at The Camel
Sunday, July 24th
1621 W. Broad St.
Richmond, VA 23220
All proceeds went to ALS research
Screening of Mingus: Charles Mingus 1968 (8 p.m.)
(dir. Thomas Reichmann)
Charles Owens Trio (9 p.m.)
Charles Owens -- tenor saxophone
Andrew Randazzo -- bass
Jack Kilby -- drums
Quintet (10 p.m.)
Adam Larrabee -- bass
Trey Pollard -- guitar
Alan Parker -- guitar
Cameron Ralston -- bass
Brian Caputo -- drums
Jam Session Led by John Winn (11 p.m.)
Before & Between Sets:
John D’earth -- trumpet
JC Kuhl -- tenor saxophone
Marcus Tenney -- trumpet, tenor saxophone, spoken word
Brian Jones -- drums
This ensemble improvised to Tenney’s readings from Beneath the Underdog by Charles Mingus
image by Eric Helm
Wednesday, November 9th (8 p.m.)
6615 W. Roosevelt Rd.
Berwyn, IL 60402
$15 / $10 for students
A benefit concert for the Les Turner ALS Foundation
On November 9th, a group of musicians gathered at Fitzgerald's to celebrate the life and music of Charles Mingus, and to benefit the Les Turner ALS Foundation. Mingus, an American genius who died of ALS, is one of the greatest figures in jazz history. His bass playing, compositions and philosophy have transcended his genre and left indelible marks on music history.
The MAPtet will perform compositions by Charles Mingus,
as well as original compositions:
Jon Hey –- piano
Rebecca Cohn -- trombone
Dan Godston -- cornet, flugelhorn
Adam Zanolini -- tenor saxophone, flute
Tom Berg -- baritone saxophone, flute
Alex Wing -- upright bass
Lou Ciccotelli -- drums
& special guest Jeff Kowalkowski -- piano
“Haitian Fight Song” (Charles Mingus)
“Better Get Hit in Your Soul” (Mingus)
“Sue’s Changes” (Mingus)
“Charlies Arch Aisle” (Jon Hey)
“So Long Eric” (Mingus)
“For Jaki Byard” (Alex Wing)
“Fables of Faubus” (Mingus)
“Goodbye Pork Pie Hat” (Mingus, arr. Jeff Kowalkowski)
“Orange Was the Color of Her Dress, Then Blue Silk” (Mingus)
“Nostalgia in Times Square” / “E’s Flat, Ah’s Flat Too” medley (Mingus)
This Mingus Awareness Project concert is presented by the Borderbend Arts Collective, in partnership with the Les Turner ALS Foundation. More than a dozen Mingus Awareness Project concerts have happened since its inception in 2007. Mingus Awareness Project concerts have happened in the Chicago area (at the Velvet Lounge, FitzGerald’s, Jazz Showcase, Hideout, HotHouse, and Martyrs’) and Richmond, Virginia (at The Camel, Rhythm Hall, and Balliceaux).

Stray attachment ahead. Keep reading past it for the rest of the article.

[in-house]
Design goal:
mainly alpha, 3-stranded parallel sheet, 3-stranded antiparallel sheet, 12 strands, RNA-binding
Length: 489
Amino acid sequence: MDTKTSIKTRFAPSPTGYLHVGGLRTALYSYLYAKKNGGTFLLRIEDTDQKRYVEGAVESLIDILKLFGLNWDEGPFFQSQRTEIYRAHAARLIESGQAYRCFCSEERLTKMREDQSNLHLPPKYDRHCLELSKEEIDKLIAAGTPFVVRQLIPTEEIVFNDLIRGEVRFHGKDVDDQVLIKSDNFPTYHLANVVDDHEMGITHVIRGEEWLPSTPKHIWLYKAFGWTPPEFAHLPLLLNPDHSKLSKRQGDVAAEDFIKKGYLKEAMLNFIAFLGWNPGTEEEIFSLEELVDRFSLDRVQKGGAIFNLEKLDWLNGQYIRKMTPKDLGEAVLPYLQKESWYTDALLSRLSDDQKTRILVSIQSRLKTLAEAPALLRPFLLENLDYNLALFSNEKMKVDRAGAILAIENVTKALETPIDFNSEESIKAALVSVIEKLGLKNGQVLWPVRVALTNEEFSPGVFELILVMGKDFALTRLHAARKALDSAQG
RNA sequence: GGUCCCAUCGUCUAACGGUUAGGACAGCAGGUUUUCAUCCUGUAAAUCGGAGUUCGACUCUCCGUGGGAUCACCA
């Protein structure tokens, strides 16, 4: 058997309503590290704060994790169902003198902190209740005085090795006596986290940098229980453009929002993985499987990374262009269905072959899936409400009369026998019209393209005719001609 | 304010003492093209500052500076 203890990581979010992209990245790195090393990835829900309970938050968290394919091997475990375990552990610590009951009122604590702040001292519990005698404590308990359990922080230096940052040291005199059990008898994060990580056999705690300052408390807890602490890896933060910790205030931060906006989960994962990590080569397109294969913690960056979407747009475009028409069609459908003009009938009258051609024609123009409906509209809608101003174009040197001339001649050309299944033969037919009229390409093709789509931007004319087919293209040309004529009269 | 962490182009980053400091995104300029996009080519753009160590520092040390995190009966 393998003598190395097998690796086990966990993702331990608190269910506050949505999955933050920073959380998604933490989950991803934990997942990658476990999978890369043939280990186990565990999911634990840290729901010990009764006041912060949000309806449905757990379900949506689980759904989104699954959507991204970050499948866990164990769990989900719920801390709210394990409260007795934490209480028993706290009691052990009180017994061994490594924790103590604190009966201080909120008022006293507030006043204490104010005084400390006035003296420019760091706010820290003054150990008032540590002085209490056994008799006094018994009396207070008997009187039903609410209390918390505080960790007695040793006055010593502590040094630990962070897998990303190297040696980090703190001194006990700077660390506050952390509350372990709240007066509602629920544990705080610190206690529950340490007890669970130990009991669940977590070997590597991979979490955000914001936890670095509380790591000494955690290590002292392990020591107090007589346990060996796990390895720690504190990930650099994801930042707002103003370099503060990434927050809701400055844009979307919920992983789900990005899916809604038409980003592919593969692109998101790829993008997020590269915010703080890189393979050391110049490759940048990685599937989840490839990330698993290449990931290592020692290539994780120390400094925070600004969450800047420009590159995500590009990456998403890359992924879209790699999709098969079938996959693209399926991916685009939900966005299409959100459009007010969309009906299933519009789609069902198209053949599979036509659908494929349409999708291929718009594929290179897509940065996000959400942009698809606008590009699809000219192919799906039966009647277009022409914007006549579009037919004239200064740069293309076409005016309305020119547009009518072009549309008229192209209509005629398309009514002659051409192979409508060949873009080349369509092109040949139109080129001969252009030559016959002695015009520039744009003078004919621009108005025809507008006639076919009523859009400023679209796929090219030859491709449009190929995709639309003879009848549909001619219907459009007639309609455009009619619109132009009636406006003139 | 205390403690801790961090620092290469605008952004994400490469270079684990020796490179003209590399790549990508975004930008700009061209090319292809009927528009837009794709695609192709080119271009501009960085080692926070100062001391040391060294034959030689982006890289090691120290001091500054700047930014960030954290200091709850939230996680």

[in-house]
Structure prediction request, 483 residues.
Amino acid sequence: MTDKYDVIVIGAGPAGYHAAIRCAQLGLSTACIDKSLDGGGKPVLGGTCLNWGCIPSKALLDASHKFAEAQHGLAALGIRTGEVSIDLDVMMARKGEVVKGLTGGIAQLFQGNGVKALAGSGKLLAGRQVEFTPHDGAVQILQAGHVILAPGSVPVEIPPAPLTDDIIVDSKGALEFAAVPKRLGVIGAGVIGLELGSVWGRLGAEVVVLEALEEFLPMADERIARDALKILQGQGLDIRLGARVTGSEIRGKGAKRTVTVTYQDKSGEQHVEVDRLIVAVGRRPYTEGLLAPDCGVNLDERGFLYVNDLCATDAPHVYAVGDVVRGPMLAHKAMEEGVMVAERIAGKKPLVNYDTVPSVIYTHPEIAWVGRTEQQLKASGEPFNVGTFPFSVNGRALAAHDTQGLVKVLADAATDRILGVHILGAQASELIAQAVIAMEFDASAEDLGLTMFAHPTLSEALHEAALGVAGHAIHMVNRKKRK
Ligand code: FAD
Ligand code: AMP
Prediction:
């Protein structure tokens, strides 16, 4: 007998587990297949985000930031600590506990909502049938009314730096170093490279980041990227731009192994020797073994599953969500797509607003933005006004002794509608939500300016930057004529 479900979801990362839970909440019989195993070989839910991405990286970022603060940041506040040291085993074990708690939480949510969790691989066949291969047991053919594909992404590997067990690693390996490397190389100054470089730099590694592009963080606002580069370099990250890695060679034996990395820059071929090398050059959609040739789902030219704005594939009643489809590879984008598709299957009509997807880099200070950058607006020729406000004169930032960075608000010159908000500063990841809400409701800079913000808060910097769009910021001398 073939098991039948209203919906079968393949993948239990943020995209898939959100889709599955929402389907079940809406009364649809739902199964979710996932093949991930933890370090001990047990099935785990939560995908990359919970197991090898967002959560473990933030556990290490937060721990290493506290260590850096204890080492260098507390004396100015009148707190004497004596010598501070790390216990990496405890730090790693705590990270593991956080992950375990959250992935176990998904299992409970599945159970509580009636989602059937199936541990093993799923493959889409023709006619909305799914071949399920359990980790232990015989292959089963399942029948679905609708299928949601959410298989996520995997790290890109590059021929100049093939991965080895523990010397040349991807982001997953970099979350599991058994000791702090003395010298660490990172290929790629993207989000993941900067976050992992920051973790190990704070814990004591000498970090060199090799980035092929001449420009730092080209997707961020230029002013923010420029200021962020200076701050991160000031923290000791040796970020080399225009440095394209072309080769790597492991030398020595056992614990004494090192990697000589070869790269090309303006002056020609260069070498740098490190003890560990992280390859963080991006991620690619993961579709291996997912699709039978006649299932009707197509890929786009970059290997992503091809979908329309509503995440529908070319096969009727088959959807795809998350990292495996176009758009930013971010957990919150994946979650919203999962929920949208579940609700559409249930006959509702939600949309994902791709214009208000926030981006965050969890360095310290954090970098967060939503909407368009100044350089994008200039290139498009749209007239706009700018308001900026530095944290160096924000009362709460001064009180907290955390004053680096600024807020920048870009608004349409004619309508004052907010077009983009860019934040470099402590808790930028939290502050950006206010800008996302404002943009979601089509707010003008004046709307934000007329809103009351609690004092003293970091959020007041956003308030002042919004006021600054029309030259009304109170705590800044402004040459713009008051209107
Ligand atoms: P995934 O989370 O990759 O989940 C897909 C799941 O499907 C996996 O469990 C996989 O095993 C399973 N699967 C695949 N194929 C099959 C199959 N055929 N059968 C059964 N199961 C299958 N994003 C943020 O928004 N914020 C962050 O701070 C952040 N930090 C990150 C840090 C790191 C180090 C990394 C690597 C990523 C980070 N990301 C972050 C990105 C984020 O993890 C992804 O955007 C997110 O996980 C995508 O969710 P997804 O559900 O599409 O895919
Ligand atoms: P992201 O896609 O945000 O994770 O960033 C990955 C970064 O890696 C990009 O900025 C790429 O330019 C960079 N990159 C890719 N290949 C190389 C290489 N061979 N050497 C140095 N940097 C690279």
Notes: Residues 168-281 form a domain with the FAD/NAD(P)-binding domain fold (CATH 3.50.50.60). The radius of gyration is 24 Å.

MAP poster image designed by Josh Josue
Attendees will have opportunities to participate in a raffle during the event -- from Sue Graham Mingus and the Charles Mingus Jazz Institute, Reckless Records, Dusty Groove, Jazz Institute of Chicago, Old Town School of Folk Music, Brian Jones, Mitchell's Premium Ice Cream and Candies, El Meson Mexican Restaurant, and Residence Inn Chicago O'Hare. Your donations are greatly appreciated. All proceeds will go to benefit the Les Turner ALS Foundation.
The Les Turner ALS Foundation, founded in 1977, is Chicago’s leader in research, patient care and education about ALS, serving the vast majority of people with ALS in the area, offering help and hope when it’s needed most. One of the nation’s largest, independent ALS organizations, the Foundation allocates all funds to local research, clinical care and support services for people with ALS in the Chicagoland area. The Foundation’s full spectrum patient service programs include: in-home consultations, support groups, equipment loans, grants and educational activities. The Foundation offers hope for a future without ALS by supporting the Les Turner ALS Research and Patient Center at Northwestern Medicine, bringing together three research laboratories and a multidisciplinary patient clinic under one umbrella.
Amyotrophic Lateral Sclerosis (ALS), is a rapidly progressive disease that causes muscle weakness, difficulty speaking and swallowing and, generally, complete paralysis. In most cases, while the body continues to deteriorate, the mind remains unaffected. The disease does not discriminate, striking any age, gender and race. Every 90 minutes, someone in the US is diagnosed with ALS and every 90 minutes, someone in the US dies of ALS. There is no known cure for ALS and, once diagnosed, patients typically live only three to five years.